Wednesday, February 8, 2012

Medical Billing in a Nut Shell

So what’s next at the doctor’s office? After the patient visit is concluded, the doctor makes his/her notes and completes a superbill for the billing staff.

A superbill is the method communication between the doctor and the billing staff. It is how the doctor tells the billing staff what was done in the exam room with the patient and what they should billed. The superbill, sometimes referred to as an encounter form, usually contains codes that indicate the patient’s problem and codes that indicate with the doctor did to treat the patient. A superbill or encounter form is often a sheet of paper with the practice’s most commonly used diagnosis and procedures. There is one superbill per patient, per visit to the medical office. The patient’s name will be written on top with the date that the services were rendered. The doctor generally circles the diagnosis and procedure that best describes the patient’s visit.

The codes to which I referred above are a standardized ‘language’ to describe the patient’s diagnosis and the procedure performed on/for the patient.   Diagnosis codes are standardized and available for lookup and reference in a book called ICD-9 which is published by the World Health Organization. Soon, a new version of diagnosis codes, called ICD-10 will replace the currently ICD-9 codes.  The procedure codes are referred to as CPT which stands for Current Procedural Terminology. These have a similar reference book called CPT published by the American Medical Association. 

The billing staff enter the codes on the superbills in to a computer software designed for medical billing. Medical billing software is like an accounting program specifically for a doctor’s office. This software allows the billing staff to keep track of the patient’s paid and unpaid bills, to generate insurance bills and patient statements. Sometimes, this software is called a practice management system.  After the codes from the superbill are entered in to the medical billing software the data entered are called charges.  

Next, a bill for the medical services rendered must be generated and sent to the insurance company for payment or reimbursement. This bill to the insurance company is called a claim. There are two way to produce a claim. First is a “paper claim” this is a standard form called a CMS 1500 form. The other way (the better way) is an electronic claim. An electronic claim is sent electronically (almost like email but a little more complicated) to a clearinghouse.  A clearinghouse is like a mass distribution center. The clearinghouse receives claims from many doctors all across the country, sorts the claims by insurance company, and sends it off to the correct insurance through electronic means. Claims are routed to the insurances with an electronic address called a payor ID.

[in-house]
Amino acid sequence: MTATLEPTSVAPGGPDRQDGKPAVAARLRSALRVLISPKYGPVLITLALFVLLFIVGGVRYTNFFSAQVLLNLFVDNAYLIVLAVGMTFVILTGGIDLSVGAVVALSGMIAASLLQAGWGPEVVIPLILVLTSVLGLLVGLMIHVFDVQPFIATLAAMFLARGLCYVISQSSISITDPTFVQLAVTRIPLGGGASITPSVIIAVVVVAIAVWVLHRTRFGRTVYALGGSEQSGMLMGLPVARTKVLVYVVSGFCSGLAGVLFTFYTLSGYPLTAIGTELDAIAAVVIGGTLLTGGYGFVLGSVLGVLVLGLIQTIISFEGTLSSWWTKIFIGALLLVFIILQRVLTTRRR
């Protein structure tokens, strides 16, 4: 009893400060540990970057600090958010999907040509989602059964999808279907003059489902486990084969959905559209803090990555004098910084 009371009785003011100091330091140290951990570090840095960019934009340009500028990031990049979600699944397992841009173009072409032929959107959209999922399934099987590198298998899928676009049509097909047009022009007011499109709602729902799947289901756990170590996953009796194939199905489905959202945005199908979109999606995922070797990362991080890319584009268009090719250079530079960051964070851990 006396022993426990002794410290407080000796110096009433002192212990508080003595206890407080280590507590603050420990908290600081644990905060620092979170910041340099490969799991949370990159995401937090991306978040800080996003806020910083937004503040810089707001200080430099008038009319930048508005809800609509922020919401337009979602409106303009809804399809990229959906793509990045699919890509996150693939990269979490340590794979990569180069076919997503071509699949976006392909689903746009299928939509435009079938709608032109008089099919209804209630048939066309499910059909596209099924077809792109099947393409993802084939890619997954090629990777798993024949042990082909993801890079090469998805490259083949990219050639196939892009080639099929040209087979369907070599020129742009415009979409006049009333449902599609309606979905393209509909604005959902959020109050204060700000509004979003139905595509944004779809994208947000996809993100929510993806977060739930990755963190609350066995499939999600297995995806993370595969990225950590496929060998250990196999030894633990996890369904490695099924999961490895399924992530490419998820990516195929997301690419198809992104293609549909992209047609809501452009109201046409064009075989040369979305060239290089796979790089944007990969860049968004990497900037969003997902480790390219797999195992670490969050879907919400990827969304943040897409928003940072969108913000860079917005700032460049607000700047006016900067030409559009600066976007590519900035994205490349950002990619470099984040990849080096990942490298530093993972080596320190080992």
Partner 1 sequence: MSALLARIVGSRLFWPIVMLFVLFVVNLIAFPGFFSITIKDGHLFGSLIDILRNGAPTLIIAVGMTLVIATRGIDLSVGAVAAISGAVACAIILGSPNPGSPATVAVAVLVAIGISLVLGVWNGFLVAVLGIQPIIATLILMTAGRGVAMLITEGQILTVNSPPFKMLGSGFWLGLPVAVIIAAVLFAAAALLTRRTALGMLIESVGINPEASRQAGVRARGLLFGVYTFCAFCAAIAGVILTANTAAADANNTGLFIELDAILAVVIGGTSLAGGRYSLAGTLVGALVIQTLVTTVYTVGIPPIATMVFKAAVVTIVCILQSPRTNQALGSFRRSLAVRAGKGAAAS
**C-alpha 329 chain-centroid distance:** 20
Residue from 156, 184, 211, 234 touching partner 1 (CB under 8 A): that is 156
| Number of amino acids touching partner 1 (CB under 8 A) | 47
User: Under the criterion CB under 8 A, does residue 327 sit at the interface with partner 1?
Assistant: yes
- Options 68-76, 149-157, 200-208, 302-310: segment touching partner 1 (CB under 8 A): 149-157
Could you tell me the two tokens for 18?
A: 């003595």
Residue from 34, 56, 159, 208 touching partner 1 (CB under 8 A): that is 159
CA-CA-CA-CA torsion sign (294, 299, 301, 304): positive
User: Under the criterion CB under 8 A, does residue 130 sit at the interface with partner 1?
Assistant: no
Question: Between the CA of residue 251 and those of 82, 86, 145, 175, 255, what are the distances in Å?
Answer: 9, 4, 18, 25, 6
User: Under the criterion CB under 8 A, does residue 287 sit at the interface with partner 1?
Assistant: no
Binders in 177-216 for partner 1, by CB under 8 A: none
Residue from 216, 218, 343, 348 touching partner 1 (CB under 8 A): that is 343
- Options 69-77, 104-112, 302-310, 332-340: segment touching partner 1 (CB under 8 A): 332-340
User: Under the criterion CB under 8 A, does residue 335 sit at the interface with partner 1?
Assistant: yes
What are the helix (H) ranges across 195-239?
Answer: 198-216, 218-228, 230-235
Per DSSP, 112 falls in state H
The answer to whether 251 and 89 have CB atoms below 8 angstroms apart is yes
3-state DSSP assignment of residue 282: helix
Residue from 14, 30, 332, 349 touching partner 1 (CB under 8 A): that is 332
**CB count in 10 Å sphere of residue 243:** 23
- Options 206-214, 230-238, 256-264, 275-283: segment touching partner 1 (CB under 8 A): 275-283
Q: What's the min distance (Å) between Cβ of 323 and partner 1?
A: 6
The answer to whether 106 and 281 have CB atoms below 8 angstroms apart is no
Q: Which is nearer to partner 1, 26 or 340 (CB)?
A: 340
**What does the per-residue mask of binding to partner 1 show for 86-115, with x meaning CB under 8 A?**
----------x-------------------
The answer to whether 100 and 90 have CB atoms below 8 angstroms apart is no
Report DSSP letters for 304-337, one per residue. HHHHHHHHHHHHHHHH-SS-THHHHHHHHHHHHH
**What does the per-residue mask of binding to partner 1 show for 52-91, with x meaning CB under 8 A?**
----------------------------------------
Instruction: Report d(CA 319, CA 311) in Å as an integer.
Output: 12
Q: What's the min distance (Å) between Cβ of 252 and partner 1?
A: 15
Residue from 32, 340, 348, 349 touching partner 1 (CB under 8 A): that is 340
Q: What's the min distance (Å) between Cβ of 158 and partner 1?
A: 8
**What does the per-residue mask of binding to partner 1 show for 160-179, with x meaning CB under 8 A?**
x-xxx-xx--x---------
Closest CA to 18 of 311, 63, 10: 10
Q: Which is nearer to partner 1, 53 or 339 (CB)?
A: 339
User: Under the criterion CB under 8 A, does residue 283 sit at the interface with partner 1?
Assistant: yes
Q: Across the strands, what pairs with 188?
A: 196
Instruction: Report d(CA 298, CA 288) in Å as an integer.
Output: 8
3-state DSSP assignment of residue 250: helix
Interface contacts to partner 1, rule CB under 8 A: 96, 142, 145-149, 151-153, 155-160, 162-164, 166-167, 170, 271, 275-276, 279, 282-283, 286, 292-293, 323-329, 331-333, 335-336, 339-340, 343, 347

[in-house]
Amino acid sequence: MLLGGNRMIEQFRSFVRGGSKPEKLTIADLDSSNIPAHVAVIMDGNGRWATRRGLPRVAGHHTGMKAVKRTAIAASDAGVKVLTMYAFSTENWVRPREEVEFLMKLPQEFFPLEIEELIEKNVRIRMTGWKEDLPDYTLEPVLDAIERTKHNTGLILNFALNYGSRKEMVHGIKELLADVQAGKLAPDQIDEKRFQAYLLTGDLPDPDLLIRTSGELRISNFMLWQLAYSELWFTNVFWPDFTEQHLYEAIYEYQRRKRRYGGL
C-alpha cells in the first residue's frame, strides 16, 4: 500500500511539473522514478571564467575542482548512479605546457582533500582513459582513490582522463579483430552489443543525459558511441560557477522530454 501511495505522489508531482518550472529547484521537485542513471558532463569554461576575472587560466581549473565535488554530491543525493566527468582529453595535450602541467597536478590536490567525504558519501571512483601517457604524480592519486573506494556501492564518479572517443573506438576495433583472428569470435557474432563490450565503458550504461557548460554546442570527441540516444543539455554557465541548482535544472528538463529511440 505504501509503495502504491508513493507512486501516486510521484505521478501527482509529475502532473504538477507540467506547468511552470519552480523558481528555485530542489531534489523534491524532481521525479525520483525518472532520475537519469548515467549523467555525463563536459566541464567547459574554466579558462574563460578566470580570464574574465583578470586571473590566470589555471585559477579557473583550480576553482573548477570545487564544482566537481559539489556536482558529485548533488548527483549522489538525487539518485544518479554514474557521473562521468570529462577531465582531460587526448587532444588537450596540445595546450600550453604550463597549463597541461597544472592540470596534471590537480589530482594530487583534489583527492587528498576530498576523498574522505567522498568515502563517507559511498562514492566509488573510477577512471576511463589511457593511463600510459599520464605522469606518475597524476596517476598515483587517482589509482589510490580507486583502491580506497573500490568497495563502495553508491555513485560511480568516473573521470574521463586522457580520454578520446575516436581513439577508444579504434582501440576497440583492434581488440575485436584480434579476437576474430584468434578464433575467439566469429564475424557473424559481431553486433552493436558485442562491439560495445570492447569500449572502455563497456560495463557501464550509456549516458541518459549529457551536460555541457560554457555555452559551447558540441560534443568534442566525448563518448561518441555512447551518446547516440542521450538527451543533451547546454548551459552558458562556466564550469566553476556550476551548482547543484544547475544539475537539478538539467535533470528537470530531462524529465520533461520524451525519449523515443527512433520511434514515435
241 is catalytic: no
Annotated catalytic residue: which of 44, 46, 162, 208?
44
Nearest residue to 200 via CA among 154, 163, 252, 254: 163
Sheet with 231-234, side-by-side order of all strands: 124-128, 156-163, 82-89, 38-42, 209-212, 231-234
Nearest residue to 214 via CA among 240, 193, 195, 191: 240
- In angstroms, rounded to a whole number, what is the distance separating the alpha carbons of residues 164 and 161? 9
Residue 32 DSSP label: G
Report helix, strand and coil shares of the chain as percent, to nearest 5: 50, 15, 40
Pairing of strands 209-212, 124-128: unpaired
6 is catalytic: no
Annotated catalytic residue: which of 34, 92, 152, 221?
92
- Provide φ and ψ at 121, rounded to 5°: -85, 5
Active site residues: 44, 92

Most clearinghouses perform “claim scrubs” before sending the claims to the insurance.  A claim scrub is a very basic review. It is not intended to check for accuracy, but the scrub will determine if all of the required information is present. For example, a patient’s birth day is required; the clearinghouse cannot know if you have the right date but will tell you if it is missing from the claim information. Many clearinghouses are now adding more carrier specific scrubs, also sometimes referred to as edits. This means that they are trying to keep up on specific insurance companies (also known as insurance carriers or just carriers) preferences and requirements. This helps the doctor’s billing staff to find out if there are any problems on the claim more quickly.

Electronic claims are received by the insurance and the insurance begins to review the claim to determine if they will make a payment on the claim or not. This is called processing and begins within a couple of days of receipt. Sending a paper claim required additional mailing time, then mail room time, it has to be sorted, and sent to the right department, before an insurance representative can either scan the claim or manually enter the claim’s data in the insurance’s processing system. The paper process can take up to two weeks before the insurance can even look at your claim. Obviously there is a lot of room for error in paper billing and it takes a longer time to get the claims paid.